The Lesser Goldfinches have been the predominant bird in my garden for the past two years. This female is surveying the yard from atop a wilted plant.
This is my first slow motion video. It is a 1 minute long clip created from a short video clip that I took at The Brink, the Upper Falls of the Yellowstone River. There isn’t any action other than the water cascading over the falls and the roar of the water as it tumbles down. I held the Nikon Z9 and braced myself against the metal railing above the falls. I had never visited the Upper Falls and it is quite a spectacular place to see and it was fun to begin experimenting with video, especially slow motion video.
Kodiak Brown Bears! I’m excited to be back in Kodiak, headed to Bear Camp for two weeks. No cell, no Internet. Just bears. What fun! This is a sow from our visit here last year. She was enjoying munching on the native grasses as she watched us watching her.
The sun was barely up our first morning in Yellowstone National Park two weeks ago when we stopped to enjoy the views. Out Yellowstone Springtime Adventure was about to become wintery. The storm clouds were piling in. When we drove by this scene near Swan Lake a couple of mornings later, the blizzard had completely covered the area with a deep blanket of snow.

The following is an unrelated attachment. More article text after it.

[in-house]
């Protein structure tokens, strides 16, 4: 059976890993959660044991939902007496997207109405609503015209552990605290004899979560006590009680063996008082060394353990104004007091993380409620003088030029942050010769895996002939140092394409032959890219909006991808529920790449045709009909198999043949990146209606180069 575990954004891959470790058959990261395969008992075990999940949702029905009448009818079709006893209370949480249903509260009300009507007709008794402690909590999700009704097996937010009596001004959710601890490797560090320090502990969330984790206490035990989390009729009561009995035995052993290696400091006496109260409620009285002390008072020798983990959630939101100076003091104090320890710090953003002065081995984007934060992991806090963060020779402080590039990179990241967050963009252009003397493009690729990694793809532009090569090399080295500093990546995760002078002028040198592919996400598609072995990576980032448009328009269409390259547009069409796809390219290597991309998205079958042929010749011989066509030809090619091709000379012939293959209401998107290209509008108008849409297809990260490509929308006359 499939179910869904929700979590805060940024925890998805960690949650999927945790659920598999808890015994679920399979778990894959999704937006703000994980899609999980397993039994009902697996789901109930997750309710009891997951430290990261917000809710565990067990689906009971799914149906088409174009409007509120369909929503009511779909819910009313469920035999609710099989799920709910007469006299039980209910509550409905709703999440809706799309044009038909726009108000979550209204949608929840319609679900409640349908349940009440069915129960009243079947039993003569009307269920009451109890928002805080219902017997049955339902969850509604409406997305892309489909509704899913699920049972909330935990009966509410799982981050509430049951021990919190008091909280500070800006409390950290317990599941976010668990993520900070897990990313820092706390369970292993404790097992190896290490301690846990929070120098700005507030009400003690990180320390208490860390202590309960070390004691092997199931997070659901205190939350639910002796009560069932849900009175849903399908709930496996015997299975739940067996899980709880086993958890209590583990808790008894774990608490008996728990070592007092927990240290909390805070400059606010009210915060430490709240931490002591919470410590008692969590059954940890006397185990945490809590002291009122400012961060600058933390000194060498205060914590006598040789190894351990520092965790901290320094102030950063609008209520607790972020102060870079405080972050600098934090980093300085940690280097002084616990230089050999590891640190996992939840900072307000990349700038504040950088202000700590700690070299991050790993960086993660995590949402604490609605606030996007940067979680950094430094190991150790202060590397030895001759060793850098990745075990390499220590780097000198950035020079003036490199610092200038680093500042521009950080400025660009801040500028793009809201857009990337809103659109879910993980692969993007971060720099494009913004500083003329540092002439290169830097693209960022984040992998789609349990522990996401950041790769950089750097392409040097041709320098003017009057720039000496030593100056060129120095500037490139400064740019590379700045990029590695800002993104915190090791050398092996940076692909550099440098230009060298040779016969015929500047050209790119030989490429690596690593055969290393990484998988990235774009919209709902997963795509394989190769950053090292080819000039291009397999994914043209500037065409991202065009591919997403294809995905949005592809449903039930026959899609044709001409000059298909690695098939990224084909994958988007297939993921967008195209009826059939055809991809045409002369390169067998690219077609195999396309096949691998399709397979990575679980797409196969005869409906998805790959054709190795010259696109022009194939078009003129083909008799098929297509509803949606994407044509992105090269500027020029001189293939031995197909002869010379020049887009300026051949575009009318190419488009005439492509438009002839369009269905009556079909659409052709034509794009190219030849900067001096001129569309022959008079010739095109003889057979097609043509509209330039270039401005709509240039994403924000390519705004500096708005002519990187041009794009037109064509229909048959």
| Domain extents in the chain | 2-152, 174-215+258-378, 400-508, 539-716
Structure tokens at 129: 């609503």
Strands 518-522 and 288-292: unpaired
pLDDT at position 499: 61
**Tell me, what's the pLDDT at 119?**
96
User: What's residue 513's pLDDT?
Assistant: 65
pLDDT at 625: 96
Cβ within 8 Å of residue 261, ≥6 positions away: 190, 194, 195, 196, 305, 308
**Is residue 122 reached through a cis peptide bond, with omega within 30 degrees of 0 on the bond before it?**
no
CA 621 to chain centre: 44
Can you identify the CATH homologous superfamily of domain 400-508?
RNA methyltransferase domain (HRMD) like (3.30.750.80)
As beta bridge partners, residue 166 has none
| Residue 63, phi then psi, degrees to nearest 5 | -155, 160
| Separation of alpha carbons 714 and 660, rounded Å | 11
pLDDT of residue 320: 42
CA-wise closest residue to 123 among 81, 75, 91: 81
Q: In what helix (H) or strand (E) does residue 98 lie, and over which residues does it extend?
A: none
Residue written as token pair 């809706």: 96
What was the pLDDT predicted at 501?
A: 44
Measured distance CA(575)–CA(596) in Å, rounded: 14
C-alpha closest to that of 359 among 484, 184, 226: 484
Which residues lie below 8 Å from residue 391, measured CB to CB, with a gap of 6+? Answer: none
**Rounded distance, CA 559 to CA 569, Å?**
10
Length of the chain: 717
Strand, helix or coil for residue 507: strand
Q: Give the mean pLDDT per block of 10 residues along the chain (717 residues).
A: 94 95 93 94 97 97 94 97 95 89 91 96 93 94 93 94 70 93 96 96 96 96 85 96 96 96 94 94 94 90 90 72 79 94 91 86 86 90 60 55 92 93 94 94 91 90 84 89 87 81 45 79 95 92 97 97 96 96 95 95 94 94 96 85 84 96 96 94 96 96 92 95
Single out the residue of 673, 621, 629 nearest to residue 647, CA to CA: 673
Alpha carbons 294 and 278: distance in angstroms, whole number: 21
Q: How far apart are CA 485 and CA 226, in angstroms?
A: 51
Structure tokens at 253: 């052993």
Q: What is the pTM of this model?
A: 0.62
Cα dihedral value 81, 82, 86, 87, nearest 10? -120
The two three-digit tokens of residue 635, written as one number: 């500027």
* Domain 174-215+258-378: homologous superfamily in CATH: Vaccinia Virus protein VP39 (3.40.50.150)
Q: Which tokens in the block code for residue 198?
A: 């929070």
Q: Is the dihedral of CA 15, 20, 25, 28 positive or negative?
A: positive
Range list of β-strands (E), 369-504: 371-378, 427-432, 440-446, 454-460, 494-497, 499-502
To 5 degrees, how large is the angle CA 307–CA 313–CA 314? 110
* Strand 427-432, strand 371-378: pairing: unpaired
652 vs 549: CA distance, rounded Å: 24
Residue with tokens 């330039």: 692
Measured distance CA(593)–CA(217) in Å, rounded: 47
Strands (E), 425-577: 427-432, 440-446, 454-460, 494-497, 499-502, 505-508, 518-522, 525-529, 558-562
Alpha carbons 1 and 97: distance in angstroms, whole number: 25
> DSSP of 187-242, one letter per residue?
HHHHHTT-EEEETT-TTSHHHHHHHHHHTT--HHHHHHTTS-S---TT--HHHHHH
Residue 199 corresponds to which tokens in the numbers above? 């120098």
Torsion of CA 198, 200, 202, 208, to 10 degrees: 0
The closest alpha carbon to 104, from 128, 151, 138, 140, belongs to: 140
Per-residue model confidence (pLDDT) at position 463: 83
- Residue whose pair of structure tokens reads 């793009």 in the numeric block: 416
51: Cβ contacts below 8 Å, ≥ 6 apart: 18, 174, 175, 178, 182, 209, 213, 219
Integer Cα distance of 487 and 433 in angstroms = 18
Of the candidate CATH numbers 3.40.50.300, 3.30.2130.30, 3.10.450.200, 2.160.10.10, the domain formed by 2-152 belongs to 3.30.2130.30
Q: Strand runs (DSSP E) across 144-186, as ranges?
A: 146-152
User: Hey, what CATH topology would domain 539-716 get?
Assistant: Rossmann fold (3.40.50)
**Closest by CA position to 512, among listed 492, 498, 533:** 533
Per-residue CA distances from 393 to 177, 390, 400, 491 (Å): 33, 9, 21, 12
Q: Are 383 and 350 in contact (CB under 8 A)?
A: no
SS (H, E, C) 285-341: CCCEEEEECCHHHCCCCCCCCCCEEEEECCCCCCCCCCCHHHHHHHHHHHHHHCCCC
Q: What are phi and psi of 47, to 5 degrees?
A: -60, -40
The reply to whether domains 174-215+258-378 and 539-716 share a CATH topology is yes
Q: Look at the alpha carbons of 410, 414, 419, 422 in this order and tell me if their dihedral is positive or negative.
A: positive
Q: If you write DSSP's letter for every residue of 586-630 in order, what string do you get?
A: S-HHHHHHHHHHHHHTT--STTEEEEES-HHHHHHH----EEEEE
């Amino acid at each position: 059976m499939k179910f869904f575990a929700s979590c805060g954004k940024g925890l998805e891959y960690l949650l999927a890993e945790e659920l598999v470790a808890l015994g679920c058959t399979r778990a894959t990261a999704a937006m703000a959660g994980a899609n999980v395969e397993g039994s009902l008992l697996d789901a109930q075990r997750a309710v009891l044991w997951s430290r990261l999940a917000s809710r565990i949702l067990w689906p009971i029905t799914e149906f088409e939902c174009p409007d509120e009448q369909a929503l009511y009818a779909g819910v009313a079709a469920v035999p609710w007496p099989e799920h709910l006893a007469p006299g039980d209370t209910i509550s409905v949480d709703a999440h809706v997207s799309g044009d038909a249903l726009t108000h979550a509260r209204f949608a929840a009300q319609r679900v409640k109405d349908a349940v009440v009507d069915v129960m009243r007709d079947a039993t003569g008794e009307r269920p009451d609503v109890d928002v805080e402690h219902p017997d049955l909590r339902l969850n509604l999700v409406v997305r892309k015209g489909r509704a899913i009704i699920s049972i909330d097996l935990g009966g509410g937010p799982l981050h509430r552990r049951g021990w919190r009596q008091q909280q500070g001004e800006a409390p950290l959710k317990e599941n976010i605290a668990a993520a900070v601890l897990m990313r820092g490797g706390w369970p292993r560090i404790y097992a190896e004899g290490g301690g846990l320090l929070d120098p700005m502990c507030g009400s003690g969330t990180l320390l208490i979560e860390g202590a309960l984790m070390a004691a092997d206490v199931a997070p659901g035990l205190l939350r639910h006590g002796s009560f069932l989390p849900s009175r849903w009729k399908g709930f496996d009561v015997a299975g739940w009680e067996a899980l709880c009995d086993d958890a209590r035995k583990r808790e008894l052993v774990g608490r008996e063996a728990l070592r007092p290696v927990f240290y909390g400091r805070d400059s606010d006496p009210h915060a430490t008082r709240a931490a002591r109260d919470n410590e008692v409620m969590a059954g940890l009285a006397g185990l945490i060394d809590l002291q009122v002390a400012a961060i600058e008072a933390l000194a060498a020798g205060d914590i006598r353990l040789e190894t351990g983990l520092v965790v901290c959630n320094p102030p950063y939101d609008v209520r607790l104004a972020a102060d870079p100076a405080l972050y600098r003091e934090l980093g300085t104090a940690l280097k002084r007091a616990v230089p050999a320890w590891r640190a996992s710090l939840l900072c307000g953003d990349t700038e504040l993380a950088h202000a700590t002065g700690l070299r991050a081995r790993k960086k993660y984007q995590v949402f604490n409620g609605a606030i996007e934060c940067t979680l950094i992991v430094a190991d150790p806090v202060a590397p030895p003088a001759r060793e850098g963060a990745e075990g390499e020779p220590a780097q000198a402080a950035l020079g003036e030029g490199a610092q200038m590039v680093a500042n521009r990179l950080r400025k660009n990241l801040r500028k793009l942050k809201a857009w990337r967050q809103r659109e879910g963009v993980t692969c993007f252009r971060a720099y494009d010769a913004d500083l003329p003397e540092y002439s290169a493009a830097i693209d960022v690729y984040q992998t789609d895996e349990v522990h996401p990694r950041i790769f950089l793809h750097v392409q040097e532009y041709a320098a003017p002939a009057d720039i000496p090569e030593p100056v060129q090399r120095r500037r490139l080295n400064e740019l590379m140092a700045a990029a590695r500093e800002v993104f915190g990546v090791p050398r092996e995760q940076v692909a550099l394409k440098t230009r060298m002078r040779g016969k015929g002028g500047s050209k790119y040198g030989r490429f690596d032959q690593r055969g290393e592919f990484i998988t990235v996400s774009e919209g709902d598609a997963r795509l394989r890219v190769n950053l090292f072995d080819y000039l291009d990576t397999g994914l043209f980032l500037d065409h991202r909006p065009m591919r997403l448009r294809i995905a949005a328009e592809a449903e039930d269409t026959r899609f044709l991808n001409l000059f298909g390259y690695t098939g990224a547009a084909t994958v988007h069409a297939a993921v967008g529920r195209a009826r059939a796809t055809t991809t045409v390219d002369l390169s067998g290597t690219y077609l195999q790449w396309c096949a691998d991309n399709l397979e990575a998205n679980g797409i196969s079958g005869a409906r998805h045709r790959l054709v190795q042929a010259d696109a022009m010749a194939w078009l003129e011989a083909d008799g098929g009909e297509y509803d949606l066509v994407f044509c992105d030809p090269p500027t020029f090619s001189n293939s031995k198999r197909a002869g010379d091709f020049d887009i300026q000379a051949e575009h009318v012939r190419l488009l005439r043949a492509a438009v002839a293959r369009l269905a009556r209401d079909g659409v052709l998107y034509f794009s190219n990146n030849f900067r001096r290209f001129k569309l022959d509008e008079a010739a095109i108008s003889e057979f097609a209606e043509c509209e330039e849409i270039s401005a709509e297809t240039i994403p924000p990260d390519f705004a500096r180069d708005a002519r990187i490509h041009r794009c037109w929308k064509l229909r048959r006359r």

May seems to be Bear Month for me. During my recent week in Yellowstone National Park we saw and photographed Black Bears and Grizzlies. After dinner on our first day in the park, we encountered this Grizzly Bear in a field near Clearwater Springs. It ate grass but also foraged for earthworms, turning up clumps of grass and Bison droppings to uncover what appeared to be an enjoyable meal for the big bear. Today I’m flying to Kodiak, Alaska to spend two weeks photographing Kodiak Brown Bears. I’m excited to see what the next two weeks brings. I will not have cell or internet service for two weeks, so updates on my bear experiences in Alaska will have to wait until I get home at the end of the month.